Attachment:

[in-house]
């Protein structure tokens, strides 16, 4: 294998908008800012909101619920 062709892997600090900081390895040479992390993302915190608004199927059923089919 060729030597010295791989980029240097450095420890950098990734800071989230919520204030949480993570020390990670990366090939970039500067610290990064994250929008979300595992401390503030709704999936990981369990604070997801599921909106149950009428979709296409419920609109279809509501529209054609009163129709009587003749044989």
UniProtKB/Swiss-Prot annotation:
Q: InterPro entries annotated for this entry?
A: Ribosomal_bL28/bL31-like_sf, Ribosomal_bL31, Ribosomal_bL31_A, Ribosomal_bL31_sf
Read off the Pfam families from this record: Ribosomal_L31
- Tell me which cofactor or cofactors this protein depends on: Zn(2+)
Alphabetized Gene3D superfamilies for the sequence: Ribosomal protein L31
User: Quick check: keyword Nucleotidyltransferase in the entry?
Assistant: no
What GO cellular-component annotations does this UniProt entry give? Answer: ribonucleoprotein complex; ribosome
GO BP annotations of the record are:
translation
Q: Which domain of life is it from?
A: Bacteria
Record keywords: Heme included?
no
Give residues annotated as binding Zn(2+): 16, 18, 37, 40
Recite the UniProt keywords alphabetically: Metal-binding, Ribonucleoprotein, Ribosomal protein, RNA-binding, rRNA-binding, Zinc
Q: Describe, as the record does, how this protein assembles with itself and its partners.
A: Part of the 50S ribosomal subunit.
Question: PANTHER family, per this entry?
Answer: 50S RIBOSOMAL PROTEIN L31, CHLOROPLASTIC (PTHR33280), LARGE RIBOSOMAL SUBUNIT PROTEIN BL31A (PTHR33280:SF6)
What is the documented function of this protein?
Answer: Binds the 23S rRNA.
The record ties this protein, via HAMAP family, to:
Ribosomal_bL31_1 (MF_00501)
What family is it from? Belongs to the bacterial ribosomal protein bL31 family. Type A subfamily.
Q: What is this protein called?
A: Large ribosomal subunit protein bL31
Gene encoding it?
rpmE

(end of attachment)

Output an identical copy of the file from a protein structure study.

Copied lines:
[in-house]
């Protein structure tokens, strides 16, 4: 294998908008800012909101619920 062709892997600090900081390895040479992390993302915190608004199927059923089919 060729030597010295791989980029240097450095420890950098990734800071989230919520204030949480993570020390990670990366090939970039500067610290990064994250929008979300595992401390503030709704999936990981369990604070997801599921909106149950009428979709296409419920609109279809509501529209054609009163129709009587003749044989």
UniProtKB/Swiss-Prot annotation:
Q: InterPro entries annotated for this entry?
A: Ribosomal_bL28/bL31-like_sf, Ribosomal_bL31, Ribosomal_bL31_A, Ribosomal_bL31_sf
Read off the Pfam families from this record: Ribosomal_L31
- Tell me which cofactor or cofactors this protein depends on: Zn(2+)
Alphabetized Gene3D superfamilies for the sequence: Ribosomal protein L31
User: Quick check: keyword Nucleotidyltransferase in the entry?
Assistant: no
What GO cellular-component annotations does this UniProt entry give? Answer: ribonucleoprotein complex; ribosome
GO BP annotations of the record are:
translation
Q: Which domain of life is it from?
A: Bacteria
Record keywords: Heme included?
no
Give residues annotated as binding Zn(2+): 16, 18, 37, 40
Recite the UniProt keywords alphabetically: Metal-binding, Ribonucleoprotein, Ribosomal protein, RNA-binding, rRNA-binding, Zinc
Q: Describe, as the record does, how this protein assembles with itself and its partners.
A: Part of the 50S ribosomal subunit.
Question: PANTHER family, per this entry?
Answer: 50S RIBOSOMAL PROTEIN L31, CHLOROPLASTIC (PTHR33280), LARGE RIBOSOMAL SUBUNIT PROTEIN BL31A (PTHR33280:SF6)
What is the documented function of this protein?
Answer: Binds the 23S rRNA.
The record ties this protein, via HAMAP family, to:
Ribosomal_bL31_1 (MF_00501)
What family is it from? Belongs to the bacterial ribosomal protein bL31 family. Type A subfamily.
Q: What is this protein called?
A: Large ribosomal subunit protein bL31
Gene encoding it?
rpmE